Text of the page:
- 1 Bring water to a boil using your double boiler. Drop a chunk of clear soap in the pan to melt it down and stir until it’s dissolved. Add a few drops of green food coloring and some glitter, just for kicks. Now pour this substance into the mold, filling each cup about a third of the way and working fast so it doesn’t cool and become ‘globular’ before you’ve had a chance to pour it all out. Let this first layer cool before moving onto the second.
- 2 Repeat step one using white soap instead, which requires no addition of food coloring. Add a few drops of watermelon fragrance to the melted substance and pour into the mold (on top of your first layer). Surprise! A spritz of hand sanitizer will eliminate any bubbles while enhancing our watermelon-wellness theme.
- 3 Melt down another chunk of clear soap and add red food coloring and poppy seeds for that final, fruity touch. It will look like raspberry jam and almost good enough to eat (but please don’t). Pour into the mold. Let sit until firm—the layers will adhere to each other and they should pop out as one piece fairly easily when the mold is turned upside down. Be careful not to add any weird or wildly strong fragrances to your soap if your kids have sensitive skin—we don’t want you to end up with fire-melon soap!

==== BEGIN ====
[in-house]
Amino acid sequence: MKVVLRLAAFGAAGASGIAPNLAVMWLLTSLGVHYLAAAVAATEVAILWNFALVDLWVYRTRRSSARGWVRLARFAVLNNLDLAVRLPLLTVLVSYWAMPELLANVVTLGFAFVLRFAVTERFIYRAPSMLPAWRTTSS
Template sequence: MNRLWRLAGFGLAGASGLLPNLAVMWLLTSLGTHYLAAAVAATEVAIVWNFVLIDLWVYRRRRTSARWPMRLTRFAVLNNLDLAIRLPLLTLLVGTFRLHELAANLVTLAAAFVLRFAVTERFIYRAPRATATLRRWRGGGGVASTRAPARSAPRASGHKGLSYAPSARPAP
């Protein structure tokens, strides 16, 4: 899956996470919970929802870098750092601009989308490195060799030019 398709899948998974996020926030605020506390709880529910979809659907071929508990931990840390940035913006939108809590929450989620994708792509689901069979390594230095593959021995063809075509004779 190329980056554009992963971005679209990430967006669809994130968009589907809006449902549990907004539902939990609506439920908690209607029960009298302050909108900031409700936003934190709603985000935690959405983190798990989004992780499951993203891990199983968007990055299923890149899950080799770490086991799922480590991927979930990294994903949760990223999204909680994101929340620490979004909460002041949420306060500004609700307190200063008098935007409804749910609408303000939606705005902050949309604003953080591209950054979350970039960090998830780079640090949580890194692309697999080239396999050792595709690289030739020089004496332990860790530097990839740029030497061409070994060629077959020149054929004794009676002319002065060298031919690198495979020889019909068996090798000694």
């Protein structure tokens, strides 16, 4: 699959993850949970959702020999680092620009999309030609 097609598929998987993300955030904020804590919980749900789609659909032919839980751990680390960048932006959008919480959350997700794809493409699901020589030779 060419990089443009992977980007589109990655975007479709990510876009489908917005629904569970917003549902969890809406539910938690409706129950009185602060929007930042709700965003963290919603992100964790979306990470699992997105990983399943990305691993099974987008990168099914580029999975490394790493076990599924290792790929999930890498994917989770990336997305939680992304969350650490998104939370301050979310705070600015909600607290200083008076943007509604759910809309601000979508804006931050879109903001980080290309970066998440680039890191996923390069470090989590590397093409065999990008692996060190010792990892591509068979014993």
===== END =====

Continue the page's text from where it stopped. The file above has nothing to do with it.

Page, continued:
The Sci Behind the DIY
Soap-making is officially known as saponification (kudos if you already knew that!). Now, here’s where we go all wizard on you: soap is a chemical reaction between an acid and a base to form a salt. Soap molecules are made of long hydrocarbonchains that stay clustered in water. Well, okay, maybe soap molecules are not that simple, but even if your kids’ science teachers never expand upon this somewhat complex topic, all you really need to know is what it means to get clean. Soap disperses dirt, oil, grease and grime by simultaneously surrounding and dissolving ick, allowing it to rinse away. (Enter a separate conversation about what causes soap scum and why it’s so ridiculously annoying to clean).
Soak It Up! Bath Fun Facts
The longest-ever Monopoly game to take place in a bathtub was 99 hours. That’s some serious prunage!
You’ll need to collect 17,000 straws from In-N-Out if you want to use them to fill an average bathtub with water…or soda?
Not that you would, but you could.In Kentucky, people are required by law to take a bath at least once per year. Wonder how many kids are on the Wanted list?